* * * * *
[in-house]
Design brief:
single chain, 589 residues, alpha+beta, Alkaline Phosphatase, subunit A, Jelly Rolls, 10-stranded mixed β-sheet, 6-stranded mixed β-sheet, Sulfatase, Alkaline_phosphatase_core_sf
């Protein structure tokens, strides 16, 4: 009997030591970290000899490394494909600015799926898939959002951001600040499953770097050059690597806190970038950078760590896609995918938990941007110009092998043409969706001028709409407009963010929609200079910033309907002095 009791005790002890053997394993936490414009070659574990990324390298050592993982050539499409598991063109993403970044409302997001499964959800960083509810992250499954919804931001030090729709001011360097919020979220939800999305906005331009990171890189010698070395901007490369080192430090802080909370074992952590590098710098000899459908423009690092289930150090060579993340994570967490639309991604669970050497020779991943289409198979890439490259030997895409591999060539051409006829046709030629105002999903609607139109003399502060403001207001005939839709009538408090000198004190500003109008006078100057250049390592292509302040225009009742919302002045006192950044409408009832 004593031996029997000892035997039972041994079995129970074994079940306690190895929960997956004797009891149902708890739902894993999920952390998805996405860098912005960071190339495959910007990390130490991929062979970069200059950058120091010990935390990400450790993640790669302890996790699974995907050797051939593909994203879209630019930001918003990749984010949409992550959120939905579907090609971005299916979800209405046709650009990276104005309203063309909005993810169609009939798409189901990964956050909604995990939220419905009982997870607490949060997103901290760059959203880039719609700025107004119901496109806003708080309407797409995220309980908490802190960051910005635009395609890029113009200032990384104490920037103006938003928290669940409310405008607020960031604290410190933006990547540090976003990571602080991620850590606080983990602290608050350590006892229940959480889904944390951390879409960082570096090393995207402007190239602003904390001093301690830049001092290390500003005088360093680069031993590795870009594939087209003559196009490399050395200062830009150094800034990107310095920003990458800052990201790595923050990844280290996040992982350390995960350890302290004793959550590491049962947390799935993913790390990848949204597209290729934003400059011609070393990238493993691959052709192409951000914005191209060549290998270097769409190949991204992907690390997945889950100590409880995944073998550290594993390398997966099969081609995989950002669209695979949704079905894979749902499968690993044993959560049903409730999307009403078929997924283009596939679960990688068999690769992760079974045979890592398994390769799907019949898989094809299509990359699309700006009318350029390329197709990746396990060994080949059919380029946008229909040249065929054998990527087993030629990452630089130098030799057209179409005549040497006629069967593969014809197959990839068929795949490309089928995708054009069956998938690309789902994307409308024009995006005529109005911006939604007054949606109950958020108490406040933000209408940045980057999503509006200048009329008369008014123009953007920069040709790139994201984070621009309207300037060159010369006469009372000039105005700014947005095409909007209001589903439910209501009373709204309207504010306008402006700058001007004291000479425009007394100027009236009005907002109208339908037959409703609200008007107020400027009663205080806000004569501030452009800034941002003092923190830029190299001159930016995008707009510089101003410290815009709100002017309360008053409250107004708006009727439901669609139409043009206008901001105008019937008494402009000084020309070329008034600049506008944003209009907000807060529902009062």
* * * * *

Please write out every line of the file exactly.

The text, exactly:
[in-house]
Design brief:
single chain, 589 residues, alpha+beta, Alkaline Phosphatase, subunit A, Jelly Rolls, 10-stranded mixed β-sheet, 6-stranded mixed β-sheet, Sulfatase, Alkaline_phosphatase_core_sf
């Protein structure tokens, strides 16, 4: 009997030591970290000899490394494909600015799926898939959002951001600040499953770097050059690597806190970038950078760590896609995918938990941007110009092998043409969706001028709409407009963010929609200079910033309907002095 009791005790002890053997394993936490414009070659574990990324390298050592993982050539499409598991063109993403970044409302997001499964959800960083509810992250499954919804931001030090729709001011360097919020979220939800999305906005331009990171890189010698070395901007490369080192430090802080909370074992952590590098710098000899459908423009690092289930150090060579993340994570967490639309991604669970050497020779991943289409198979890439490259030997895409591999060539051409006829046709030629105002999903609607139109003399502060403001207001005939839709009538408090000198004190500003109008006078100057250049390592292509302040225009009742919302002045006192950044409408009832 004593031996029997000892035997039972041994079995129970074994079940306690190895929960997956004797009891149902708890739902894993999920952390998805996405860098912005960071190339495959910007990390130490991929062979970069200059950058120091010990935390990400450790993640790669302890996790699974995907050797051939593909994203879209630019930001918003990749984010949409992550959120939905579907090609971005299916979800209405046709650009990276104005309203063309909005993810169609009939798409189901990964956050909604995990939220419905009982997870607490949060997103901290760059959203880039719609700025107004119901496109806003708080309407797409995220309980908490802190960051910005635009395609890029113009200032990384104490920037103006938003928290669940409310405008607020960031604290410190933006990547540090976003990571602080991620850590606080983990602290608050350590006892229940959480889904944390951390879409960082570096090393995207402007190239602003904390001093301690830049001092290390500003005088360093680069031993590795870009594939087209003559196009490399050395200062830009150094800034990107310095920003990458800052990201790595923050990844280290996040992982350390995960350890302290004793959550590491049962947390799935993913790390990848949204597209290729934003400059011609070393990238493993691959052709192409951000914005191209060549290998270097769409190949991204992907690390997945889950100590409880995944073998550290594993390398997966099969081609995989950002669209695979949704079905894979749902499968690993044993959560049903409730999307009403078929997924283009596939679960990688068999690769992760079974045979890592398994390769799907019949898989094809299509990359699309700006009318350029390329197709990746396990060994080949059919380029946008229909040249065929054998990527087993030629990452630089130098030799057209179409005549040497006629069967593969014809197959990839068929795949490309089928995708054009069956998938690309789902994307409308024009995006005529109005911006939604007054949606109950958020108490406040933000209408940045980057999503509006200048009329008369008014123009953007920069040709790139994201984070621009309207300037060159010369006469009372000039105005700014947005095409909007209001589903439910209501009373709204309207504010306008402006700058001007004291000479425009007394100027009236009005907002109208339908037959409703609200008007107020400027009663205080806000004569501030452009800034941002003092923190830029190299001159930016995008707009510089101003410290815009709100002017309360008053409250107004708006009727439901669609139409043009206008901001105008019937008494402009000084020309070329008034600049506008944003209009907000807060529902009062």